I'll admit I don't get how to compute how much my floor can hold, and probably wouldn't trust my own math, even if I came up with the right answer.

I'm looking to purchase a recording booth. I do voice-over work. There's one for sale in my area that the manufacturer says weighs 2015 lbs for the base model. This one has some extras, so lets call it 2100, or maybe even 2150. I weigh 220, so the package would be in the vicinity of 2400, to be safe. The booth has a footprint of 6' x 6'. The home is in the Chicago area, built in 1988.

The room it would be going in is an exterior room, at the first floor back corner of the house. The first floor is over a basement. THe floor joists are 2 x 12s, I believe; I thought a 2x12 was 11 1/4 high/wide. These are either 11" exactly, or some are even closer to 10 7/8", so I'm a little confused about that. I haven't found one that was 11 1/4". Anyway, if I'm measuring correctly, then right under the interior wall perpendicular to the back wall of the house is a laminated joist made of 2 2x12s with a 1/2" steel plate in the middle. The booth would be resting in the room in the interior corner, where one wall is exterior and the other rests over the laminated joist. That laminated joist runs approx 17' where it ties into the I-beam that runs the width of the middle of the house.

Will my floor safely hold the weight of the booth?

To answer a couple of the questions raised:

Why is the booth so heavy? Because isolation requires mass. If you want to keep sound out, the walls have to have mass. This particular model of booth (manufactured by a leader in the industry) has a double-wall design for increased isolation from outside noise. Each 4' x 7.5' section is two slabs of 5/8" MDF with an air gap in the middle. The windows (2) each include four slabs of 1/4" tempered glass. It adds up.

Is there an option for placing the booth in the basement? No, because the only place for it in the basement is just feet from the furnaces, which defeats the purpose.

laminated beam

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    Hello, and welcome to Home Improvement. Although you've done a good job asking the question, and have an answer, this really can't be safely answered by anyone except for an on-site structural engineer. And, you should probably take our tour so you'll know you'll know the details of contributing here. – Daniel Griscom Aug 17 at 22:18
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    I’m voting to close this question because answering it should require an on-site structural engineer. – Daniel Griscom Aug 17 at 22:19
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    I am not an engineer. A quick check on line at a Boise Cascade website reveals that standard design criteria is 30lbs/sqft for bedrooms and 40lbs/sqft for general residential space. To be realistic you will likely continue to add more items to the booth increasing the weight even more. – mikes Aug 17 at 23:03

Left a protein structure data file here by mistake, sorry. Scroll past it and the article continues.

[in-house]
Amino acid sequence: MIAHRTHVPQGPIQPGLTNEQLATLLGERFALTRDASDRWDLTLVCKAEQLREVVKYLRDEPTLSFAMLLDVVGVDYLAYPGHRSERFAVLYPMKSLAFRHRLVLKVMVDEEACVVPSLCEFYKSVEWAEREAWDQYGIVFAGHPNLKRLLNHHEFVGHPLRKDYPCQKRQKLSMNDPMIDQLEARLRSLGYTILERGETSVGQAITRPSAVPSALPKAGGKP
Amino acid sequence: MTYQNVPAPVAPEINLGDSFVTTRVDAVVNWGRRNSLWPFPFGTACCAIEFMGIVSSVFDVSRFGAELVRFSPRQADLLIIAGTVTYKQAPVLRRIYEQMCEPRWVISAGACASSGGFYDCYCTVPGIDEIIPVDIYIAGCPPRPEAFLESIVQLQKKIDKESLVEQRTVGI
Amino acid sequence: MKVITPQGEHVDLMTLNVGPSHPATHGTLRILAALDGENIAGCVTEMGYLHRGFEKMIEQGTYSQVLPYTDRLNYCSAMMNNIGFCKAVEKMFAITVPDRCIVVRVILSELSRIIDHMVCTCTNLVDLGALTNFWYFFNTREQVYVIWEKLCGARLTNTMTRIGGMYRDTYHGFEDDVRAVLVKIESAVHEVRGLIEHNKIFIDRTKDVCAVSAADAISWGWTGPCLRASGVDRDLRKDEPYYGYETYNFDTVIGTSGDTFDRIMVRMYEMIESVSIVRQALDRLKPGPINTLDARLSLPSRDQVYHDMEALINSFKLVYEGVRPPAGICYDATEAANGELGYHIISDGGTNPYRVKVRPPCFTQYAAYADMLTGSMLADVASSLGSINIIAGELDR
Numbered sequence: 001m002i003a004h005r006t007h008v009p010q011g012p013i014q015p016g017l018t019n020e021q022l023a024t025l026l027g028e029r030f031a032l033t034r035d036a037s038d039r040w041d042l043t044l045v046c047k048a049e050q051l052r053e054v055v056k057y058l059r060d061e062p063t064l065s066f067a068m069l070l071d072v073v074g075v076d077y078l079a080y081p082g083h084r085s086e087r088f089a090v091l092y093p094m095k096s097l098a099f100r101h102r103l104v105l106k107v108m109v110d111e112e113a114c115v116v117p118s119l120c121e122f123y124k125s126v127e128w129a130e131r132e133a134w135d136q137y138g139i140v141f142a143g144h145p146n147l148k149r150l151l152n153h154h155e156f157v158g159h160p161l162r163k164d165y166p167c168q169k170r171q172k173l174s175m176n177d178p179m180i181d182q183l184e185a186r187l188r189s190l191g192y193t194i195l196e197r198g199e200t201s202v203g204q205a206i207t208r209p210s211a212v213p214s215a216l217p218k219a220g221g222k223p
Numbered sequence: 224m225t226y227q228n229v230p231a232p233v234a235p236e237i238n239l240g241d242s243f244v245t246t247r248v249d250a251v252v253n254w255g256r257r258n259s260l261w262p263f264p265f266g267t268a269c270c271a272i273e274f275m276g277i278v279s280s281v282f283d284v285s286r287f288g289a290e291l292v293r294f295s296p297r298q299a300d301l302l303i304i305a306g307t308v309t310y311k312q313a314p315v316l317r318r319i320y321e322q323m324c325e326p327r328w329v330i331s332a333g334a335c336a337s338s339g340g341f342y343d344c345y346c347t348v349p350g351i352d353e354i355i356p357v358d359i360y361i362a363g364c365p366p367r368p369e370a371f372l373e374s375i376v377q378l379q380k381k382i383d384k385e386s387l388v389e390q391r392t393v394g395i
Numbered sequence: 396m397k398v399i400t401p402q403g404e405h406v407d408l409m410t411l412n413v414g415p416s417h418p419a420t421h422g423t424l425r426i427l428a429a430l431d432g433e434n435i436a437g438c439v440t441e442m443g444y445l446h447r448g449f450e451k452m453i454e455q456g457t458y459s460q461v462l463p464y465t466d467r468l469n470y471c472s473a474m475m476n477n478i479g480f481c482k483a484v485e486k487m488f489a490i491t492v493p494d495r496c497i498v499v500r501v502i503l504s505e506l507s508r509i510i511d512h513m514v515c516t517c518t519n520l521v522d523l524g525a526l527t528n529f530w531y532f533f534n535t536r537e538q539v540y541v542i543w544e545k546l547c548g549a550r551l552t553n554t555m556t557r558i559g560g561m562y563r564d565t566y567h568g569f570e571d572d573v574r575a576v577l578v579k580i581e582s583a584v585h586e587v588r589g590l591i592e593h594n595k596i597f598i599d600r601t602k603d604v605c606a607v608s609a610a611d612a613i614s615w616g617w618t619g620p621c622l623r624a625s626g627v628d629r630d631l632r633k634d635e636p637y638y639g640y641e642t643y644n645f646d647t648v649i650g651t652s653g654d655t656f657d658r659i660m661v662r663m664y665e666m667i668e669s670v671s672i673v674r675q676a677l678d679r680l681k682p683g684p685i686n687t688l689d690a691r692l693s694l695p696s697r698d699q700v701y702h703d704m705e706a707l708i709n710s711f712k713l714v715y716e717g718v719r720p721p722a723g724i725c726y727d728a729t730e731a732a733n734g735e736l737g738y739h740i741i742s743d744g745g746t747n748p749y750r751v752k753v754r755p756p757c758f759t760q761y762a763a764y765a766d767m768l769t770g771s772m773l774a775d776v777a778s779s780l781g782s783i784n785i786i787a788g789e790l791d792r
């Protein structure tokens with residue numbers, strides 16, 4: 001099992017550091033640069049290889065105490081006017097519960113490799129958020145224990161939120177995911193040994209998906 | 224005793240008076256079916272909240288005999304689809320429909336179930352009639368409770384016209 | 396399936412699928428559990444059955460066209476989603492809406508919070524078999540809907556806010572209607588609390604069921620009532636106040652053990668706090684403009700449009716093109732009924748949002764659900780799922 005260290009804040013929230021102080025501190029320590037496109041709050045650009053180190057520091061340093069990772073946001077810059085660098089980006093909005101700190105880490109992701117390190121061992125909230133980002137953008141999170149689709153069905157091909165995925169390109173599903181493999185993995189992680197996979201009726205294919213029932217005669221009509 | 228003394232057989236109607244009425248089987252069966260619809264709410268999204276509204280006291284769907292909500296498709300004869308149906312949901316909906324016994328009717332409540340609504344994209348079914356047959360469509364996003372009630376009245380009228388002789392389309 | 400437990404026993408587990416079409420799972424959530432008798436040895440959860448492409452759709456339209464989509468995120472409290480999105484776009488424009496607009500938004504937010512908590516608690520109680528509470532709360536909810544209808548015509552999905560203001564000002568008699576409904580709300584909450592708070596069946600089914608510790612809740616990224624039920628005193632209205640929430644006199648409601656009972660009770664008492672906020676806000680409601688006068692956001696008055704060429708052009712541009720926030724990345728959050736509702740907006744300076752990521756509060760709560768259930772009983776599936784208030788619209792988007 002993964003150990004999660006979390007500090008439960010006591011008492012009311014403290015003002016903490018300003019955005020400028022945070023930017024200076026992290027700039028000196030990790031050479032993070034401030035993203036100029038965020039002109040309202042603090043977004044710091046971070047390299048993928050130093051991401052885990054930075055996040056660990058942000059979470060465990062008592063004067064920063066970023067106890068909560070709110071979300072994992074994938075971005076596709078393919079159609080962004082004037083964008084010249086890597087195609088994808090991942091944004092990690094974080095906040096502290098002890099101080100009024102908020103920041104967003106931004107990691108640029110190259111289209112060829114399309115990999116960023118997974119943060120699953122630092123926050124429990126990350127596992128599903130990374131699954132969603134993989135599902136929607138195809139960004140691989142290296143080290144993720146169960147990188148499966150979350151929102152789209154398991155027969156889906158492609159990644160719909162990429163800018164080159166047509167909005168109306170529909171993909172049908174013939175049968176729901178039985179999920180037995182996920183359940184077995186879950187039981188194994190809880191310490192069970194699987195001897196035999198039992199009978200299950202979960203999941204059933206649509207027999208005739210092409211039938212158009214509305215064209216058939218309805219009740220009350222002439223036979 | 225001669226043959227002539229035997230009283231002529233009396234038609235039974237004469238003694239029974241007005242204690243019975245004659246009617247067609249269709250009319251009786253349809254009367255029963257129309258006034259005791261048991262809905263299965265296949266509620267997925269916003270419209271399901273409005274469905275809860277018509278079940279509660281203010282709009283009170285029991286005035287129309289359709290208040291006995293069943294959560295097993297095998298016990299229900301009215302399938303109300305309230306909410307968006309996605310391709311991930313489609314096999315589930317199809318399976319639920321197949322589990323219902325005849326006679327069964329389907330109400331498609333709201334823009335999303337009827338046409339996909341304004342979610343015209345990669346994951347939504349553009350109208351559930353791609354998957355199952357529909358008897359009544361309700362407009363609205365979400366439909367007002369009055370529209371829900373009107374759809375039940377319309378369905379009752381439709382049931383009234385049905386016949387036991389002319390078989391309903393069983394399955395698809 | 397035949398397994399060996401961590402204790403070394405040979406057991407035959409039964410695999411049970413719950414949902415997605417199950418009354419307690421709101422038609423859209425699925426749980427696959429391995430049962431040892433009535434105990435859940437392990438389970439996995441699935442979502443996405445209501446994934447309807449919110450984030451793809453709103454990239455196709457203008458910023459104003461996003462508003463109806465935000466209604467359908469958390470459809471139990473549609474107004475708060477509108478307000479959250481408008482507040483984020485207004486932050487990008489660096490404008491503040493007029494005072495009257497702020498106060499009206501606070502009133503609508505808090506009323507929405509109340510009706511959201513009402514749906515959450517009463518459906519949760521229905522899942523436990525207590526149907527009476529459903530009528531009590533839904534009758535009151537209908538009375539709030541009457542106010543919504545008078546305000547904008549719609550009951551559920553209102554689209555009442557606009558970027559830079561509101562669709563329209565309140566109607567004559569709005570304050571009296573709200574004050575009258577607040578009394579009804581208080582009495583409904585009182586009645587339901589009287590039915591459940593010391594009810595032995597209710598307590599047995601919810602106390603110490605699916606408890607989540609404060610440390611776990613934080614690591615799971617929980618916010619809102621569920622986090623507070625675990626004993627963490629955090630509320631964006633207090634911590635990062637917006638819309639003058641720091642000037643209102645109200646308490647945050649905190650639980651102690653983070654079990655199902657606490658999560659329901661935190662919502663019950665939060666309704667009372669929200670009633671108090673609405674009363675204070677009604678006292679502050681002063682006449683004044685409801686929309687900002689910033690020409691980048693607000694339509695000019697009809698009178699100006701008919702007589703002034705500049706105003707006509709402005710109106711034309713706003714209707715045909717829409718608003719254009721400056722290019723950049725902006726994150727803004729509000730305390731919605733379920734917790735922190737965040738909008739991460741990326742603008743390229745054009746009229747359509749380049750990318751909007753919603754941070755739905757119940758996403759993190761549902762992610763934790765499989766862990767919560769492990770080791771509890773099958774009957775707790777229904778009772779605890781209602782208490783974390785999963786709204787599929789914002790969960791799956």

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    Why is this recording booth so heavy to begin with? O.o – ThreePhaseEel Aug 17 at 23:45
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    A king water bed weighs 2000-2500 pounds. That is a frame of reference for what a bedroom is asked to support. The fact that you are not placing the load in the center of a long span is a positive too. – Kris Aug 18 at 13:22

I popped off a google search on how many pounds per square foot is typical of a human. The answer in the search results (last entry in the linked pdf) provided 2.5 to 3.5 pounds per square inch, which translates to 360 to 504 pounds per square foot.

If one stands on one leg, the figures would be double, which is rather substantial.

Your booth at 2400 pounds over 36 square feet converts to 92 pounds per square foot. This would lead one to believe that the even distribution of the weight over the floor would be less than that of many humans in the same area.

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  • @AlaskaMan yeah, lifting a foot causes an equal and opposite reaction, etc. etc. ... lol – jsotola Aug 17 at 23:13
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    Humans are live load, unless you're in the murder business and don't dispose of the bodies.... Most residential floors are default designed for 40-50 lbs per square foot, unless more is planned for. You have 60 PSF of dead load and 7 PSF of live load assuming the booth floor spreads the live load over the whole 36 square feet. If cowboying it rather than using an engineer, a few jack columns in the basement will help significantly. – Ecnerwal Aug 17 at 23:20
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    Weight per square foot is far less important here than the total weight of the thing. It isn't concern for punching through the sheathing that we're addressing, but the chance that every joist in the room fails spectacularly at once. For your comparison to be valid you'd need to consider 2400 lbs. of humans. – isherwood Aug 20 at 12:58

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